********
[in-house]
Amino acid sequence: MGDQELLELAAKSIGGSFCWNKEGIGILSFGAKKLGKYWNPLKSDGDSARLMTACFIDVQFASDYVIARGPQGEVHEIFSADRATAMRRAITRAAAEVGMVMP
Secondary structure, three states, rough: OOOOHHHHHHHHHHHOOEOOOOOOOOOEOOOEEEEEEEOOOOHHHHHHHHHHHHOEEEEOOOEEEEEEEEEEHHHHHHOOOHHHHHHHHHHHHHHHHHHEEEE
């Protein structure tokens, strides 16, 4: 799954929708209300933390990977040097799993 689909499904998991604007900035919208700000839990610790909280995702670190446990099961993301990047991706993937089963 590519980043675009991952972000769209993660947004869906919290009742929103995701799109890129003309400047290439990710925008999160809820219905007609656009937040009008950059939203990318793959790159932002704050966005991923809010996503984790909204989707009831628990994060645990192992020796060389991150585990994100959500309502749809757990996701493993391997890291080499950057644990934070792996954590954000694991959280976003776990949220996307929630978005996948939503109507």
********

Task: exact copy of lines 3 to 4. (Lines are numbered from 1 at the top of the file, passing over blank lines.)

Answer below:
Secondary structure, three states, rough: OOOOHHHHHHHHHHHOOEOOOOOOOOOEOOOEEEEEEEOOOOHHHHHHHHHHHHOEEEEOOOEEEEEEEEEEHHHHHHOOOHHHHHHHHHHHHHHHHHHEEEE
């Protein structure tokens, strides 16, 4: 799954929708209300933390990977040097799993 689909499904998991604007900035919208700000839990610790909280995702670190446990099961993301990047991706993937089963 590519980043675009991952972000769209993660947004869906919290009742929103995701799109890129003309400047290439990710925008999160809820219905007609656009937040009008950059939203990318793959790159932002704050966005991923809010996503984790909204989707009831628990994060645990192992020796060389991150585990994100959500309502749809757990996701493993391997890291080499950057644990934070792996954590954000694991959280976003776990949220996307929630978005996948939503109507």